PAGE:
What's Next for Windows?
- By Joseph C. Panettieri
64-bit enhancements could reshape your university’s software strategy—
especially if your 32-bit Windows servers are about to run out of steam.
Do you hear it? It’s that noise again. Every few years,
and the trade press start hyping a “forthcoming” Windows upgrade
that will “forever change the world of computing.” This time, most
of the buzz involves Longhorn, code name for the oft-delayed successor to Windows
XP that won’t ship until 2005 or 2006 at the earliest. But while you listen
for Longhorn-related updates from Bill Gates, be sure to ask your Microsoft
reps and trusted integration partners about Microsoft’s existing and forthcoming
64-bit enhancements to Windows.
My reasoning for this advice is rather simple: Microsoft’s major server
and desktop operating systems have relied primarily on 32-bit designs since
around 1995. That’s fine for everyday applications like Word, Excel, and
even departmental server databases. But some universities are running up against
the 4-gigabyte virtual-memory limit found in the 32-bit Windows design. By contrast,
64-bit Windows has a 16-terabyte virtual-memory limit. That’s quite a
difference: Each terabyte equals 1,024 gigabytes.
Sure, universities have been using 64-bit Unix operating systems from Hewlett-Packard
(www.hp.com), IBM (www.ibm.com),
and Sun Microsystems (www.sun.com)
for a while. Each of those options offers rock-solid reliability and proven
scalability—though you’ll pay a premium for proprietary hardware.
You can also embrace 64-bit Linux (www.linux.com)
offerings—a solid choice—but that’s not a campus wide option
for universities hitching their software architectures to Microsoft’s
Windows-centric Net strategy.
Early Adopters and You
Although 64-bit Windows is still in its infancy, eager adopters include Johns
Hopkins University (MD) and Cornell University (NY).
According to a spokesperson for Johns Hopkins, researchers use 64-bit Windows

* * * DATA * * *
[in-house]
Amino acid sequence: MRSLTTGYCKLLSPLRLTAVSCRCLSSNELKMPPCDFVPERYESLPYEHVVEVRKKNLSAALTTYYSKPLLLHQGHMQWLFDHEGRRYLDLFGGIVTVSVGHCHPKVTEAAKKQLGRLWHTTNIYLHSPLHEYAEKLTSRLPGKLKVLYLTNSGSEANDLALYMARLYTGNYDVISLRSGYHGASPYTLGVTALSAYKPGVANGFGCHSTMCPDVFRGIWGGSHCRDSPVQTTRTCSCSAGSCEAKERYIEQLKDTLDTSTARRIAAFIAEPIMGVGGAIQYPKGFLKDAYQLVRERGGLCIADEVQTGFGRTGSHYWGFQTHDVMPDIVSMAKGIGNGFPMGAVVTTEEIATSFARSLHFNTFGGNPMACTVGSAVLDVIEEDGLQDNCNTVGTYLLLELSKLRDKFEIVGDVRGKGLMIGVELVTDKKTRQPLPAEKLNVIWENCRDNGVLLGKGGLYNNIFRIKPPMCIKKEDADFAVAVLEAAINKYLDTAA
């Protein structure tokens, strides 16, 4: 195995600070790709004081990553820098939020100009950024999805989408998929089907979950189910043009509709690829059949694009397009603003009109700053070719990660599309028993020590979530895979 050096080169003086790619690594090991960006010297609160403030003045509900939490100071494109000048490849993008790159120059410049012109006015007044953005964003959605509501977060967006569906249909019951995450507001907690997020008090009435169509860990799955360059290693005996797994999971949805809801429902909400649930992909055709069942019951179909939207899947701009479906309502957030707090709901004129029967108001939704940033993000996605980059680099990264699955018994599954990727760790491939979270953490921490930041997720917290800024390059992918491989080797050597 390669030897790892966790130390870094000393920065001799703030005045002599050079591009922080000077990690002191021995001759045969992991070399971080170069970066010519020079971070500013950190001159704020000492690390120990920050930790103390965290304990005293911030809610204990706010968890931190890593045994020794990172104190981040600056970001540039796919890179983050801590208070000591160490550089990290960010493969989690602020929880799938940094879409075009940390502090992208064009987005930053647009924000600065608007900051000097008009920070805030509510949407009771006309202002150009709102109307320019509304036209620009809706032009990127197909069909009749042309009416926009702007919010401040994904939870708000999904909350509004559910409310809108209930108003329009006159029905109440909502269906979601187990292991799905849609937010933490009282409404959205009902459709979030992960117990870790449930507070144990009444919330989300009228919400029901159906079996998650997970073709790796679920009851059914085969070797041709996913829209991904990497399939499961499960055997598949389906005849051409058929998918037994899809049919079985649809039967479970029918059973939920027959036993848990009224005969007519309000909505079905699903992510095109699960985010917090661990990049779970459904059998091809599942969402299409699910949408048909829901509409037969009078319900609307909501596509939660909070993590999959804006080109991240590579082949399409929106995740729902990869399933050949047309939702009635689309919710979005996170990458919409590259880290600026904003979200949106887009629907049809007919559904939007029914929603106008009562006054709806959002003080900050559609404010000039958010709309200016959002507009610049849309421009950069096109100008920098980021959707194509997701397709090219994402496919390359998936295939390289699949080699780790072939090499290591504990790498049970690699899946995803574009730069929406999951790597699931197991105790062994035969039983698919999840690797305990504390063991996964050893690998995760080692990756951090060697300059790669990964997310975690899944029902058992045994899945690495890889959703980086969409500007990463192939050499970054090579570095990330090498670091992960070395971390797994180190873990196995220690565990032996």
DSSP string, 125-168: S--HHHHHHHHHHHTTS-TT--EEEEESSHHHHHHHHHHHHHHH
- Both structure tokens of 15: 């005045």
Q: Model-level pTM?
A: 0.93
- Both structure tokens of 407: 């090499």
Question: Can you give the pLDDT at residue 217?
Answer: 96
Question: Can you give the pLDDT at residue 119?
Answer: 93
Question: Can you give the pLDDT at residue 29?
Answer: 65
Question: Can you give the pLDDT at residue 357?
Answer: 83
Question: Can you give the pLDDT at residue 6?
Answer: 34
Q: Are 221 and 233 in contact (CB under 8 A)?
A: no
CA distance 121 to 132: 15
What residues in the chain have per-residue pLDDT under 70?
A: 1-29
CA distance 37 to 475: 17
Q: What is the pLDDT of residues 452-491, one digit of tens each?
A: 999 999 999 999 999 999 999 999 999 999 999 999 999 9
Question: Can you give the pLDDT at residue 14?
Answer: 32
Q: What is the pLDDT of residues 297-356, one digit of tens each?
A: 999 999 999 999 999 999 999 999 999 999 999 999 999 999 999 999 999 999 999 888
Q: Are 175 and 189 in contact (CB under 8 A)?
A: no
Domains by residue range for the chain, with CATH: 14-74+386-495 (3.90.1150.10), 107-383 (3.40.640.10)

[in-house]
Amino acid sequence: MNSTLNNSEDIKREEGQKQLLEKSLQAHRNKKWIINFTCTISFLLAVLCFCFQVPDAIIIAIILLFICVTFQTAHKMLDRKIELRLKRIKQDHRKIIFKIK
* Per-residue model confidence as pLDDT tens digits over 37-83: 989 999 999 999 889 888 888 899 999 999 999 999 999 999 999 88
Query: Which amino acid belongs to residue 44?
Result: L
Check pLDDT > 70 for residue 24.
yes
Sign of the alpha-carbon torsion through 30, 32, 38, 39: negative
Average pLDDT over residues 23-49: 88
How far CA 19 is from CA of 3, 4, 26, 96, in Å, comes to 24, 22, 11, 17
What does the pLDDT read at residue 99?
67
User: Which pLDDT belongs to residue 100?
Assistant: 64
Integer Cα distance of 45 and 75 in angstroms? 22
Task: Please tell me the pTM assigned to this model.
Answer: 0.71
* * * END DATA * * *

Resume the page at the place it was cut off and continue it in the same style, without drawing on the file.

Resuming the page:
to crunch complex computations—taking 10 days to compute a task that previously
required up to six months using 32-bit Windows systems.
Similarly, Cornell uses 64-bit Windows in its Theory Center for “computational
steering”—a technique that allows researchers to monitor and manage
complex simulations in real time, using interim results to guide decisions about
how to direct ongoing computation.
Those aren’t everyday tasks, but your university may soon need 64-bit
Windows for mainstream applications as well. Over the next few years,
as your Web infrastructure grows to include portal, eCommerce, video, and voice-over-IP
capabilities, your traditional 32-bit Windows servers may simply run out of
Still, the 64-bit Windows puzzle is missing a few key pieces. Generally speaking,
application developers such as Oracle (
and SAP AG (www.sap.com) offer
limited (if any) 64-bit Windows products. Computer Associates International
Inc. (www.ca.com) is banging
the drum for its 64-bit database on Windows, but then, CA is a niche player
in the database market. So far, the killer app for 64-bit Windows is Microsoft’s
own SQL Server database. Cornell and Johns Hopkins both run SQL Server in their
64-bit environments because, generally speaking, it’s a lower-cost alternative
to 64-bit Unix databases from Oracle and IBM.
My other short-term concern involves Microsoft’s processor support. The